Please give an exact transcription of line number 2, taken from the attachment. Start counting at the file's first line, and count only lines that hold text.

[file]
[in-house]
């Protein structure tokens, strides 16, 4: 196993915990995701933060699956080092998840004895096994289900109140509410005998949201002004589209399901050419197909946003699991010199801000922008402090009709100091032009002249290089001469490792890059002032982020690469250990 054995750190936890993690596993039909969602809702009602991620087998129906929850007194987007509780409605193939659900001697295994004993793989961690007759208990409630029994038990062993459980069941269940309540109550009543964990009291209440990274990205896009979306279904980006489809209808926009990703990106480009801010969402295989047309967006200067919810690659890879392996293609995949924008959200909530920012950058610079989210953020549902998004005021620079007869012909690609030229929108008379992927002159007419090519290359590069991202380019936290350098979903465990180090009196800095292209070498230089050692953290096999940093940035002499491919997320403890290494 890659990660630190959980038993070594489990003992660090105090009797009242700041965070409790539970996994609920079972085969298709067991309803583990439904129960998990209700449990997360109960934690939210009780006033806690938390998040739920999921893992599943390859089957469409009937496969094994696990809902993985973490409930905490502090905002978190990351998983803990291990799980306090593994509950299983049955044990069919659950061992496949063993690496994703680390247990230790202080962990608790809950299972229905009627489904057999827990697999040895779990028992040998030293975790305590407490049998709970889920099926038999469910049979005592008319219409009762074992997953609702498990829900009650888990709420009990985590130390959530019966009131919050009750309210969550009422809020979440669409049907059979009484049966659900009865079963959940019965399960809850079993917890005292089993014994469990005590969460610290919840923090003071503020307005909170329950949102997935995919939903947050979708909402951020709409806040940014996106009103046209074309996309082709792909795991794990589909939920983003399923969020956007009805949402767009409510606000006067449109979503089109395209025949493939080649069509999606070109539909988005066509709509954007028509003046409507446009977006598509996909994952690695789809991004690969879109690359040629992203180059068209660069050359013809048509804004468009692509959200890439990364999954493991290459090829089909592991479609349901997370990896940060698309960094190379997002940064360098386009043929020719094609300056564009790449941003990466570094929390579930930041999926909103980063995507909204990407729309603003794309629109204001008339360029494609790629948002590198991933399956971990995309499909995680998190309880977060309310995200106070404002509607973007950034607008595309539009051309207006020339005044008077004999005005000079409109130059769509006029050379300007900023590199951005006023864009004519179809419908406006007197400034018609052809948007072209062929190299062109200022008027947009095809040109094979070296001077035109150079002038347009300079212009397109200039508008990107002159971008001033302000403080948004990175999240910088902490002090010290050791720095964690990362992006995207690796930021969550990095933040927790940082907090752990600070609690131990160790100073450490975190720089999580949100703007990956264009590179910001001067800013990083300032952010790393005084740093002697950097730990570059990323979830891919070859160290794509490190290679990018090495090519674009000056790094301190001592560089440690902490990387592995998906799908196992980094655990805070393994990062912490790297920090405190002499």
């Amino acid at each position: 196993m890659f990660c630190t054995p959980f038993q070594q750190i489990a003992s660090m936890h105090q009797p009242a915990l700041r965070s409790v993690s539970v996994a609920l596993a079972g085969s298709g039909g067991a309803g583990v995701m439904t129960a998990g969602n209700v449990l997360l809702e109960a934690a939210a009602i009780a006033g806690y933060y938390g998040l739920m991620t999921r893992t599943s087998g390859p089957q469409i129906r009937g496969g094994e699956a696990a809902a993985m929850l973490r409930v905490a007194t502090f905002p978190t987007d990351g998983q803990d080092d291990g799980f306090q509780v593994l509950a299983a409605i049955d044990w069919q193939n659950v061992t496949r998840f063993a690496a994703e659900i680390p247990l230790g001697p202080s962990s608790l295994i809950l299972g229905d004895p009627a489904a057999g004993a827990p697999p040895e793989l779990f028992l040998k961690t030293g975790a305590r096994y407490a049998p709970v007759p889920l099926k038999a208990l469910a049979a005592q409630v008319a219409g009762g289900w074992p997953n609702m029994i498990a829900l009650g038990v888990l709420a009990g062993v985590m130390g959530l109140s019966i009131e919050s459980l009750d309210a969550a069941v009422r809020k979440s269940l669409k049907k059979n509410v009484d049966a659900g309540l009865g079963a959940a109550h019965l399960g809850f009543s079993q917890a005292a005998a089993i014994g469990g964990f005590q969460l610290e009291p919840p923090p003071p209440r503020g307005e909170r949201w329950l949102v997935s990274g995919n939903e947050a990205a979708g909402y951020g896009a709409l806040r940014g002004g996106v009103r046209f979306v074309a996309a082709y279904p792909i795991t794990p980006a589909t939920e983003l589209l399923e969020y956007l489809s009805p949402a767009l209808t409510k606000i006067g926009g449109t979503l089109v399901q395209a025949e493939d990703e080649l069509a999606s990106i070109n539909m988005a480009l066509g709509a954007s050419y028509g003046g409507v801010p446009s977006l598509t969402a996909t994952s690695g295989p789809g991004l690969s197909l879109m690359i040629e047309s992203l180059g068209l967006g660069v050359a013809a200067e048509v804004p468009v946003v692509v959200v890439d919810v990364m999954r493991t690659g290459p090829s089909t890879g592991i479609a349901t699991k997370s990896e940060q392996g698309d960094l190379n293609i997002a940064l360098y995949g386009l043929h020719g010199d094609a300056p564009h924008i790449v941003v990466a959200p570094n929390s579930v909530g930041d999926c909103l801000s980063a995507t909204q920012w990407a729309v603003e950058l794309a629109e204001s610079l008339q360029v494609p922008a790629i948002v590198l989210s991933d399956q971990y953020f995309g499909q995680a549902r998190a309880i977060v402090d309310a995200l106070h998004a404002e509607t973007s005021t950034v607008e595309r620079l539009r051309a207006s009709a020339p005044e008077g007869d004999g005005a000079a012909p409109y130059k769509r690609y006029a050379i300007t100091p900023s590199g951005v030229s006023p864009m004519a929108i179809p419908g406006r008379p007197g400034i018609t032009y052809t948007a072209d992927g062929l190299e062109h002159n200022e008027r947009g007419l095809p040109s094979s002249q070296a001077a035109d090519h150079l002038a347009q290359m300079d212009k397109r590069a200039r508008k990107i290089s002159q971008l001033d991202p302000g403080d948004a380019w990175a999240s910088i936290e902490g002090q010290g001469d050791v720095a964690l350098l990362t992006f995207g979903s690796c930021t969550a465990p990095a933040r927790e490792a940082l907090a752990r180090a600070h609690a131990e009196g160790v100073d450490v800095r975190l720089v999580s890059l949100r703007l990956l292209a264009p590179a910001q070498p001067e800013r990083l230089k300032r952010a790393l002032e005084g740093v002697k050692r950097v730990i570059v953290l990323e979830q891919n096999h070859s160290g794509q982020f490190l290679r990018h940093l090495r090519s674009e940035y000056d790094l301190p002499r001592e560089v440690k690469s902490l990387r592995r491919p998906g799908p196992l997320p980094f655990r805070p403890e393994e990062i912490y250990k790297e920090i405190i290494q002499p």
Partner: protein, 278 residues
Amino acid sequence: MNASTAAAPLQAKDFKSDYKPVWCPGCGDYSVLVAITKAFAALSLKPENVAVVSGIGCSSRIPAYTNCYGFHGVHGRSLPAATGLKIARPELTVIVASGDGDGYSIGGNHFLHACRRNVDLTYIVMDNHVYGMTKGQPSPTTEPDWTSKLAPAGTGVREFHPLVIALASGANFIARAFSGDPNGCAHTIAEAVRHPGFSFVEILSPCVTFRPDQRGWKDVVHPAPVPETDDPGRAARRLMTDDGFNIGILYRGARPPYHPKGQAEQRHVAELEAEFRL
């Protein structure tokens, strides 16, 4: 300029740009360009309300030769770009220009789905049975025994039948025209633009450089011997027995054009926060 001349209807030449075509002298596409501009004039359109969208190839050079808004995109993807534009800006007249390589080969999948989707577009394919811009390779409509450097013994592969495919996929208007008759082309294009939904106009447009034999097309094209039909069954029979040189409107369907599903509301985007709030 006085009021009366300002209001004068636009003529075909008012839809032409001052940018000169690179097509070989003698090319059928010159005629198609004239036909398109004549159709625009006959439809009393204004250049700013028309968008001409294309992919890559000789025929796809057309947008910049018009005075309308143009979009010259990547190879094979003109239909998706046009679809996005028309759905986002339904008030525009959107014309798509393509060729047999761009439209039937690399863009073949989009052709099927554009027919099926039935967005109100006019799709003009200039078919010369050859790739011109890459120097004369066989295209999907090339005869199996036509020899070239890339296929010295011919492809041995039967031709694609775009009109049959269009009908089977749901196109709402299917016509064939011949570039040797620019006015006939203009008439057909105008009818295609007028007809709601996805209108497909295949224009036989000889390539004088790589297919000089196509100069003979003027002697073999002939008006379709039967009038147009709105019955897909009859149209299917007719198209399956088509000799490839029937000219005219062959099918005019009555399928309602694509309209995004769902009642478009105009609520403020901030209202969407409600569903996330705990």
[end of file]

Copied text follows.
């Protein structure tokens, strides 16, 4: 196993915990995701933060699956080092998840004895096994289900109140509410005998949201002004589209399901050419197909946003699991010199801000922008402090009709100091032009002249290089001469490792890059002032982020690469250990 054995750190936890993690596993039909969602809702009602991620087998129906929850007194987007509780409605193939659900001697295994004993793989961690007759208990409630029994038990062993459980069941269940309540109550009543964990009291209440990274990205896009979306279904980006489809209808926009990703990106480009801010969402295989047309967006200067919810690659890879392996293609995949924008959200909530920012950058610079989210953020549902998004005021620079007869012909690609030229929108008379992927002159007419090519290359590069991202380019936290350098979903465990180090009196800095292209070498230089050692953290096999940093940035002499491919997320403890290494 890659990660630190959980038993070594489990003992660090105090009797009242700041965070409790539970996994609920079972085969298709067991309803583990439904129960998990209700449990997360109960934690939210009780006033806690938390998040739920999921893992599943390859089957469409009937496969094994696990809902993985973490409930905490502090905002978190990351998983803990291990799980306090593994509950299983049955044990069919659950061992496949063993690496994703680390247990230790202080962990608790809950299972229905009627489904057999827990697999040895779990028992040998030293975790305590407490049998709970889920099926038999469910049979005592008319219409009762074992997953609702498990829900009650888990709420009990985590130390959530019966009131919050009750309210969550009422809020979440669409049907059979009484049966659900009865079963959940019965399960809850079993917890005292089993014994469990005590969460610290919840923090003071503020307005909170329950949102997935995919939903947050979708909402951020709409806040940014996106009103046209074309996309082709792909795991794990589909939920983003399923969020956007009805949402767009409510606000006067449109979503089109395209025949493939080649069509999606070109539909988005066509709509954007028509003046409507446009977006598509996909994952690695789809991004690969879109690359040629992203180059068209660069050359013809048509804004468009692509959200890439990364999954493991290459090829089909592991479609349901997370990896940060698309960094190379997002940064360098386009043929020719094609300056564009790449941003990466570094929390579930930041999926909103980063995507909204990407729309603003794309629109204001008339360029494609790629948002590198991933399956971990995309499909995680998190309880977060309310995200106070404002509607973007950034607008595309539009051309207006020339005044008077004999005005000079409109130059769509006029050379300007900023590199951005006023864009004519179809419908406006007197400034018609052809948007072209062929190299062109200022008027947009095809040109094979070296001077035109150079002038347009300079212009397109200039508008990107002159971008001033302000403080948004990175999240910088902490002090010290050791720095964690990362992006995207690796930021969550990095933040927790940082907090752990600070609690131990160790100073450490975190720089999580949100703007990956264009590179910001001067800013990083300032952010790393005084740093002697950097730990570059990323979830891919070859160290794509490190290679990018090495090519674009000056790094301190001592560089440690902490990387592995998906799908196992980094655990805070393994990062912490790297920090405190002499």